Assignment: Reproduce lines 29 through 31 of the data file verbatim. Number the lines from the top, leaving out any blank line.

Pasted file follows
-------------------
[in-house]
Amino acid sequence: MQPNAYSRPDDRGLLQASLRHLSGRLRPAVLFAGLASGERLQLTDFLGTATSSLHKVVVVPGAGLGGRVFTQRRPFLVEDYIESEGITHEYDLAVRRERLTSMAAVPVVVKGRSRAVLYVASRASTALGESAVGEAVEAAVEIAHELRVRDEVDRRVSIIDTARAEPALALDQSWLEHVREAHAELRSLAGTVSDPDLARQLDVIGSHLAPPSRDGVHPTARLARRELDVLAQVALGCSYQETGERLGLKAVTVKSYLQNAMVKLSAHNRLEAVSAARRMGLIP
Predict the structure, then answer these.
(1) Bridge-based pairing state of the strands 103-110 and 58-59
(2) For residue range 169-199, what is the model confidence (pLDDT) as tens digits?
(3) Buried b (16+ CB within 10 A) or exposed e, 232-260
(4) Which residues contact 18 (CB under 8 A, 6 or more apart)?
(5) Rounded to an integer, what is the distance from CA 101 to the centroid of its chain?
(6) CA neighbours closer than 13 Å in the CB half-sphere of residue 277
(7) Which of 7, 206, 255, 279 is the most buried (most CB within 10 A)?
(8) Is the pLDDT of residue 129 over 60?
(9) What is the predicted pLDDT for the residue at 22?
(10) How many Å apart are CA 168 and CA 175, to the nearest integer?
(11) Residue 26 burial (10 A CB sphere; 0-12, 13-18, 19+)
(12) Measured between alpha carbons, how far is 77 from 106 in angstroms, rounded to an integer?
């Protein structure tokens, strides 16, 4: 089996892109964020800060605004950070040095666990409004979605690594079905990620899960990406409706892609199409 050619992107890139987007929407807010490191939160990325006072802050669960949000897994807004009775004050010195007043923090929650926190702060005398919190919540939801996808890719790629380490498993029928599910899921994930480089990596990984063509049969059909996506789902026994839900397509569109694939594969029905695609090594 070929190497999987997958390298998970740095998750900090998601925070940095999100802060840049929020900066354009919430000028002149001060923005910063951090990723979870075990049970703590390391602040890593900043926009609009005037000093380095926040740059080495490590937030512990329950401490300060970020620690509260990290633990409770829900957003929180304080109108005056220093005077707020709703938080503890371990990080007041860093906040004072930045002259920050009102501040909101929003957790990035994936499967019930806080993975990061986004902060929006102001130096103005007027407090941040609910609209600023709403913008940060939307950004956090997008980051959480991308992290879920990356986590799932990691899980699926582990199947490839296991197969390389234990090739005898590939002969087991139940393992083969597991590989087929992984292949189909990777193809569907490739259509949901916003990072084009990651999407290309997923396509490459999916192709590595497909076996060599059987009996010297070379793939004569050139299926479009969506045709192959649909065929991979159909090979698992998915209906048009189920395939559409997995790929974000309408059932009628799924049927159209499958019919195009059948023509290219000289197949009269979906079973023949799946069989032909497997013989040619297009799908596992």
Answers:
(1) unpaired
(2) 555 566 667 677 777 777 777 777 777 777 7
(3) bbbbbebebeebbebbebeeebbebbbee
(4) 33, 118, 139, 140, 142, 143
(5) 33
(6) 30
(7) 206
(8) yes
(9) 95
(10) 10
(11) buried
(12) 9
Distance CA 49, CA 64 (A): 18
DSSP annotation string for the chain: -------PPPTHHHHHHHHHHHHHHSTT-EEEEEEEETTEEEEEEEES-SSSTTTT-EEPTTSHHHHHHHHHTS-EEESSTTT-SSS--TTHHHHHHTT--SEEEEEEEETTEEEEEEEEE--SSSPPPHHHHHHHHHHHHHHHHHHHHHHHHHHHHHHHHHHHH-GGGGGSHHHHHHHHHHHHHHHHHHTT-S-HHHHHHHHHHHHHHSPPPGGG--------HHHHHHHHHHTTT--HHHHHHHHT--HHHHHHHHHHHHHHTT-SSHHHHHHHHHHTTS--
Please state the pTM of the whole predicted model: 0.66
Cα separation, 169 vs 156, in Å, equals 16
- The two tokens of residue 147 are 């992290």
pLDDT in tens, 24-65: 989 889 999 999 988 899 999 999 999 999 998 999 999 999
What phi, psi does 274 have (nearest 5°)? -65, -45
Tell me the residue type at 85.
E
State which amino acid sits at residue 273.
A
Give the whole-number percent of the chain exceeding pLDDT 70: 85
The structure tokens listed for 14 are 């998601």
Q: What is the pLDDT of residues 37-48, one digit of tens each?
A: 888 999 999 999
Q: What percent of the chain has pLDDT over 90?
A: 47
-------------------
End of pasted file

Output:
(12) 9
Distance CA 49, CA 64 (A): 18
DSSP annotation string for the chain: -------PPPTHHHHHHHHHHHHHHSTT-EEEEEEEETTEEEEEEEES-SSSTTTT-EEPTTSHHHHHHHHHTS-EEESSTTT-SSS--TTHHHHHHTT--SEEEEEEEETTEEEEEEEEE--SSSPPPHHHHHHHHHHHHHHHHHHHHHHHHHHHHHHHHHHHH-GGGGGSHHHHHHHHHHHHHHHHHHTT-S-HHHHHHHHHHHHHHSPPPGGG--------HHHHHHHHHHTTT--HHHHHHHHT--HHHHHHHHHHHHHHTT-SSHHHHHHHHHHTTS--